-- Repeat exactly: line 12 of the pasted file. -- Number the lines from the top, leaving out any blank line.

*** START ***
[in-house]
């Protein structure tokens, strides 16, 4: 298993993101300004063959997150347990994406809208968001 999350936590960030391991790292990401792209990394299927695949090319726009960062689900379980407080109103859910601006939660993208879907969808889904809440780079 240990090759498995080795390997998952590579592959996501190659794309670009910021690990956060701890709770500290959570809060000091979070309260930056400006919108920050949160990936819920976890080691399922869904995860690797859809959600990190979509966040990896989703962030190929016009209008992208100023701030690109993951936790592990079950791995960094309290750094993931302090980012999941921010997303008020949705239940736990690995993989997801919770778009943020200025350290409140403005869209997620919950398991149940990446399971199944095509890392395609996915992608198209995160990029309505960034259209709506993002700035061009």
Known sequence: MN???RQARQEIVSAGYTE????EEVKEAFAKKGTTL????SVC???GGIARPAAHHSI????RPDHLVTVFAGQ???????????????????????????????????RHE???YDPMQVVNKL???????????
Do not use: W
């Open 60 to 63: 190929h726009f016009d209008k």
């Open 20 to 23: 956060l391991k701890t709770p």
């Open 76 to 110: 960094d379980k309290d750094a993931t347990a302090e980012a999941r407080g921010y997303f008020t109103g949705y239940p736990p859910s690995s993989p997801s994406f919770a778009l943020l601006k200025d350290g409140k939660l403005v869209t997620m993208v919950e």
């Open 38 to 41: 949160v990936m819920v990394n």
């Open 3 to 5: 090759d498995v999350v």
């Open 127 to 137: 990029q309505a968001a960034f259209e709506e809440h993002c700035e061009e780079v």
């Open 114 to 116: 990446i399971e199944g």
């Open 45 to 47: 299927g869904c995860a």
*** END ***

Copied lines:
């Open 45 to 47: 299927g869904c995860a």